In the beginning of May, The Travelers Companies, Inc. released an official Injury Impact Report that has made big news in New York and around the country. What the organization found was that, as far as workers’ compensation claims, it doesn’t matter how old an employee is or how much previous experience they have in their respective industry. If it is the individual’s first year working at that particular job, they are considerably more likely to be injured.
More than a third of the workers’ compensation claims that the study examined were during the first year of the individual being employed. This was one of the major findings in the report, which examined workplace injuries from 2015 to 2019. Over 1.5 million claims were analyzed in total.
Better training for new workers is needed
What the data clearly shows according to some experts is a need for improved onboarding practices when training workers, making sure they know what they’re doing before being thrown into the job. This is particularly true for the most hazardous occupations, where there is no such thing as a minor accident.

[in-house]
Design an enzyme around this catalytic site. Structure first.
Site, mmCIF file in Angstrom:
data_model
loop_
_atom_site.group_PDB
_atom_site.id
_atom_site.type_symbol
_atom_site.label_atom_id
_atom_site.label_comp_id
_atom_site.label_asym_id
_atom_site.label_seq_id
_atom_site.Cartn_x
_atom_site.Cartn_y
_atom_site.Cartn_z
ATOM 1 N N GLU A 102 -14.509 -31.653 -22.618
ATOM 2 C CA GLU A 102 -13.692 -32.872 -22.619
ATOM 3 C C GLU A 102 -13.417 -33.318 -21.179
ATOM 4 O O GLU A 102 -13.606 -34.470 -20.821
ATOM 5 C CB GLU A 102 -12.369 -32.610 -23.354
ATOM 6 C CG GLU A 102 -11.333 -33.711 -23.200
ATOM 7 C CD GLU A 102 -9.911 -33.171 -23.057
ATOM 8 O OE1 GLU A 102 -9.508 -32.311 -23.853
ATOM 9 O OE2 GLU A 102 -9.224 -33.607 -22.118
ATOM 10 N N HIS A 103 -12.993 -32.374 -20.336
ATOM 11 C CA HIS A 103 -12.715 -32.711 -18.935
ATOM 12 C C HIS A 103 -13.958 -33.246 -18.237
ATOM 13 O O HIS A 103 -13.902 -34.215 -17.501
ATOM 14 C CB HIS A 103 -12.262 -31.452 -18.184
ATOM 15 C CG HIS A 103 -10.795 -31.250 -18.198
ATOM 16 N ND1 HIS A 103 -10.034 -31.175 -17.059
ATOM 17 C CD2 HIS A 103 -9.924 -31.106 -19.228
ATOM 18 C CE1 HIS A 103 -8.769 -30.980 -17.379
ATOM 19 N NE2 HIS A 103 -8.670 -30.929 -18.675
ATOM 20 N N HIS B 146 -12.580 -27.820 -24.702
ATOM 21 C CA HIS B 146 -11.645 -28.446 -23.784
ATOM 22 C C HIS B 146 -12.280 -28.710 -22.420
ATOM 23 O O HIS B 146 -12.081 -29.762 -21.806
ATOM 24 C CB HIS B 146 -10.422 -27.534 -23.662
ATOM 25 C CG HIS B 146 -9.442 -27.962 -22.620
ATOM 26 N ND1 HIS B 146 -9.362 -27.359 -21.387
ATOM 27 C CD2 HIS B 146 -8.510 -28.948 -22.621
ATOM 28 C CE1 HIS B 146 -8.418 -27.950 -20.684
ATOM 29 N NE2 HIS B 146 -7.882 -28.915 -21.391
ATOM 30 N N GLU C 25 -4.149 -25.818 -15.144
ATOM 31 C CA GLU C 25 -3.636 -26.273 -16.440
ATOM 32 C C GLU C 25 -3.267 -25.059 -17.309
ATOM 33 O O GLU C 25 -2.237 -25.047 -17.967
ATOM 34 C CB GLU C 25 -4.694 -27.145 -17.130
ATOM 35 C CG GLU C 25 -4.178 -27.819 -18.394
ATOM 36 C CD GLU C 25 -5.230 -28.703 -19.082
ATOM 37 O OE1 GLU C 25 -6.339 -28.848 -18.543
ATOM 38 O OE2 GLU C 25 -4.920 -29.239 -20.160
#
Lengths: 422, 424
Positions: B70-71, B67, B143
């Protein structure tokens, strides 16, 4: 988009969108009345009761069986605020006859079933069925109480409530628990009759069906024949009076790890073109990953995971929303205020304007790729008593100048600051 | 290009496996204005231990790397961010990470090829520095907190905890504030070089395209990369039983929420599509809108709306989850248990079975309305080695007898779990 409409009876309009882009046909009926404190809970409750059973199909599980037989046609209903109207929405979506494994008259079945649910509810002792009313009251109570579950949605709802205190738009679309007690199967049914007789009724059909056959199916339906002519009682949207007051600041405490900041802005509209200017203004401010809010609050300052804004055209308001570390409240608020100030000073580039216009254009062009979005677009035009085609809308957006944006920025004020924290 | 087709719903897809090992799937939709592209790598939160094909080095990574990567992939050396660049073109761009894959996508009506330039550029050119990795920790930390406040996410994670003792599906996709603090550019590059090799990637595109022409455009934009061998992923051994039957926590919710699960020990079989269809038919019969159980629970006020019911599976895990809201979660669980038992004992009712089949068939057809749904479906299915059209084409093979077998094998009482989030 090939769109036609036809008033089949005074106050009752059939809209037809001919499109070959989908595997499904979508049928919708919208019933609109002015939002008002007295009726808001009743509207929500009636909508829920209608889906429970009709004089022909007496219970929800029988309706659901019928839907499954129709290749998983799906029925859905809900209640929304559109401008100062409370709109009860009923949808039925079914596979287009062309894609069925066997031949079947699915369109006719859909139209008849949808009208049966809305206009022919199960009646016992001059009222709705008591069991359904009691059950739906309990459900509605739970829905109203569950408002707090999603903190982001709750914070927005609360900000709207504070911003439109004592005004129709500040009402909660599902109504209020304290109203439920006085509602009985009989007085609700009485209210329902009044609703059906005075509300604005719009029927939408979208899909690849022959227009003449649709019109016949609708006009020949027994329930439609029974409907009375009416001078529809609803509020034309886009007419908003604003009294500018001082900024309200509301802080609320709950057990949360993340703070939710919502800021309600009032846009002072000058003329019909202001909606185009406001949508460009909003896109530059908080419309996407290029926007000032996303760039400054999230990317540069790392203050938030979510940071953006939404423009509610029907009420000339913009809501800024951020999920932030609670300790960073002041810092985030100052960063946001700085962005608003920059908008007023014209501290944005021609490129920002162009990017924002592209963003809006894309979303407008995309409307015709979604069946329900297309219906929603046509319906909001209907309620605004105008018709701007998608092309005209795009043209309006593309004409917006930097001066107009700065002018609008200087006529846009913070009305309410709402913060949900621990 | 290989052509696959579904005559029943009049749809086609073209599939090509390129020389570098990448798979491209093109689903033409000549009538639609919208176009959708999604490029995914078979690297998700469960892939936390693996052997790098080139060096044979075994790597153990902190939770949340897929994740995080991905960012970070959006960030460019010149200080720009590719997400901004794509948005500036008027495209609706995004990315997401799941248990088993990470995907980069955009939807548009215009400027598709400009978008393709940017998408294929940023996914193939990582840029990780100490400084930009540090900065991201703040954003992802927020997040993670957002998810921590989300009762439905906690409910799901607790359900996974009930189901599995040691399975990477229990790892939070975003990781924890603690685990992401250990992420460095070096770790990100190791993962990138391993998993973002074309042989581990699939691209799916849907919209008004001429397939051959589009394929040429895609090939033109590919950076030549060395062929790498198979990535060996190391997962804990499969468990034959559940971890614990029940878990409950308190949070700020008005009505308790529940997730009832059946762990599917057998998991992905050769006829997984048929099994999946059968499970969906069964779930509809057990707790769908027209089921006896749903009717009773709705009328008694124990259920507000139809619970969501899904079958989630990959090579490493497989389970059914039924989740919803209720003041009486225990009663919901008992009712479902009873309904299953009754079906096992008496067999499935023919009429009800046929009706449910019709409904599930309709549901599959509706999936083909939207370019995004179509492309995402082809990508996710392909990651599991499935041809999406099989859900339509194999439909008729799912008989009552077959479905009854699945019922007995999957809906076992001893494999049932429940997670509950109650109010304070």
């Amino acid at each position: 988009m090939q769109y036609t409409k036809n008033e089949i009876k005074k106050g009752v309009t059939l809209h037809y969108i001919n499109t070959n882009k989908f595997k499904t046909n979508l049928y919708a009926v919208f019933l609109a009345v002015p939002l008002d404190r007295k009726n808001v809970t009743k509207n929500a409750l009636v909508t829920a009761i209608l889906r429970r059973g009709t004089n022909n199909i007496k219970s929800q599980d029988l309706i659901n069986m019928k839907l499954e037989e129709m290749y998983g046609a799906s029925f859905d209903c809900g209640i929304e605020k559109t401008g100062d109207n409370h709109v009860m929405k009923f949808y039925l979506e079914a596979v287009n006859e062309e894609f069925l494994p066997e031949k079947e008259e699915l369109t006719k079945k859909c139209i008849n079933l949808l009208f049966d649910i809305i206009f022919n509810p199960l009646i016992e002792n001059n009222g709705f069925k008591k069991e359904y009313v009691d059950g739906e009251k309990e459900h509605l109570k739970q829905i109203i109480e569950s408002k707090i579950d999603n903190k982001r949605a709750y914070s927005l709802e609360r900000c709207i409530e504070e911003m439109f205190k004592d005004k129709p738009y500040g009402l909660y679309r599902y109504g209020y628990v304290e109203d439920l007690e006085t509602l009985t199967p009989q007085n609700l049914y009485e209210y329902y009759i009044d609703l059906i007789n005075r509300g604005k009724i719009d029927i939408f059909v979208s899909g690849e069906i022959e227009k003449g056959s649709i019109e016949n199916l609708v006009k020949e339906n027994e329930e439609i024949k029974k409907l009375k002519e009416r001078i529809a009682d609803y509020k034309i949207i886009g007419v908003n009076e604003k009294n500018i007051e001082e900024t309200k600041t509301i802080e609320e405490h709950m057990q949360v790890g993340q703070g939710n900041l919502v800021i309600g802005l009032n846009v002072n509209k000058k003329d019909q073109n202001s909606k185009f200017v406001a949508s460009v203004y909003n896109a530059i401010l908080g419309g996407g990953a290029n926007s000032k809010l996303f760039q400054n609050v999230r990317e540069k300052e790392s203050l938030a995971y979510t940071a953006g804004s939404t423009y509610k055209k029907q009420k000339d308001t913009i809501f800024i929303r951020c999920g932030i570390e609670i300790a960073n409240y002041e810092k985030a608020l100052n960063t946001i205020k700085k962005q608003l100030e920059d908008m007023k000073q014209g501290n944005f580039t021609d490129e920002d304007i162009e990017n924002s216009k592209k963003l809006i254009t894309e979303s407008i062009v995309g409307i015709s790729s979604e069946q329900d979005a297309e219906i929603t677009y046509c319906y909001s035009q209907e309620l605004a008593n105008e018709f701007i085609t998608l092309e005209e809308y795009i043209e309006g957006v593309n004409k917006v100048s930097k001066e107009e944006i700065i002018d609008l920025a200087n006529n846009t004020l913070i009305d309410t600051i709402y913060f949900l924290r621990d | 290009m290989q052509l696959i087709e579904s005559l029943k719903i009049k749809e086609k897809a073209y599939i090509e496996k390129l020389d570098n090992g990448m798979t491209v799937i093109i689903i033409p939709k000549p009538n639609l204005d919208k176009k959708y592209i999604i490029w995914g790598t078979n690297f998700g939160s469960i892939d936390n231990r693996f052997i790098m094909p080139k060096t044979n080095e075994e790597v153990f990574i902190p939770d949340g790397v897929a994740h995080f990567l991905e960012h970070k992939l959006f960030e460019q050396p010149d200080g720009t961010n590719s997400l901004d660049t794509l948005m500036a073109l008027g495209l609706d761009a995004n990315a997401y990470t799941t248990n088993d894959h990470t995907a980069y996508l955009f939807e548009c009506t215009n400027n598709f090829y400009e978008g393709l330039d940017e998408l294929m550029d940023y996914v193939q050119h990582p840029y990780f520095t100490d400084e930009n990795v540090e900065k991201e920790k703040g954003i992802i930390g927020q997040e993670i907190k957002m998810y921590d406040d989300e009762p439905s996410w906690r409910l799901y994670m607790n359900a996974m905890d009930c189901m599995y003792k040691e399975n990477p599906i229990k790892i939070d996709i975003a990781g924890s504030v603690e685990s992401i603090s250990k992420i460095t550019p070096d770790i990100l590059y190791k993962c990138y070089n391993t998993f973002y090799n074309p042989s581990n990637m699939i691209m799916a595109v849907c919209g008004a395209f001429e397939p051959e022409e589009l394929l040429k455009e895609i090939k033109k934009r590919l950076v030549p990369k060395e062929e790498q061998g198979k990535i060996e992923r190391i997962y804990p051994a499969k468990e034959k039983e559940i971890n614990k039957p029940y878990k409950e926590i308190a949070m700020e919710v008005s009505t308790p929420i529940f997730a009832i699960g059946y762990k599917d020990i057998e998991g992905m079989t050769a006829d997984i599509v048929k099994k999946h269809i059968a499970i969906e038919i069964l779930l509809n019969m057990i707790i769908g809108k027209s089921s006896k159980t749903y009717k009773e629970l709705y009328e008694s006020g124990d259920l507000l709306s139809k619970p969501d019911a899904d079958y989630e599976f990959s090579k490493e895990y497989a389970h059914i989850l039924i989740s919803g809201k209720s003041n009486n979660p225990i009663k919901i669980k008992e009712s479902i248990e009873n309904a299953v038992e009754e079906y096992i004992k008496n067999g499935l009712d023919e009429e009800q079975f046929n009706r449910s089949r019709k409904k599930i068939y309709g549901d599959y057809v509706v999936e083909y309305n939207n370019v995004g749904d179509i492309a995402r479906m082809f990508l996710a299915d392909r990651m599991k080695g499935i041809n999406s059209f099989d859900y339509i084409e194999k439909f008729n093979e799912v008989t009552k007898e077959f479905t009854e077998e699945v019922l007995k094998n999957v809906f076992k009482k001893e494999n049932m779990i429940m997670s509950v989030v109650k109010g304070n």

The issue has only been exacerbated by the rise in people going back to work for the first time or entering a new line of work. Management suddenly had to deal with waves of new workers, making it harder to keep track of the individual mistakes people were making or steps that were missed in the training process.
Workers’ comp claims that came from workers in their first year were commonly caused by:
First-year injuries were also commonly caused when a worker was stuck inside of an object, hit by an object, or caught between two objects. Cuts and punctures were also found to be fairly common, along with motor vehicle accidents. While it is certainly true that these new employees are the most at risk for getting injured while at work, when followed properly, the right safety measures are oftentimes enough to protect even the most experienced of workers.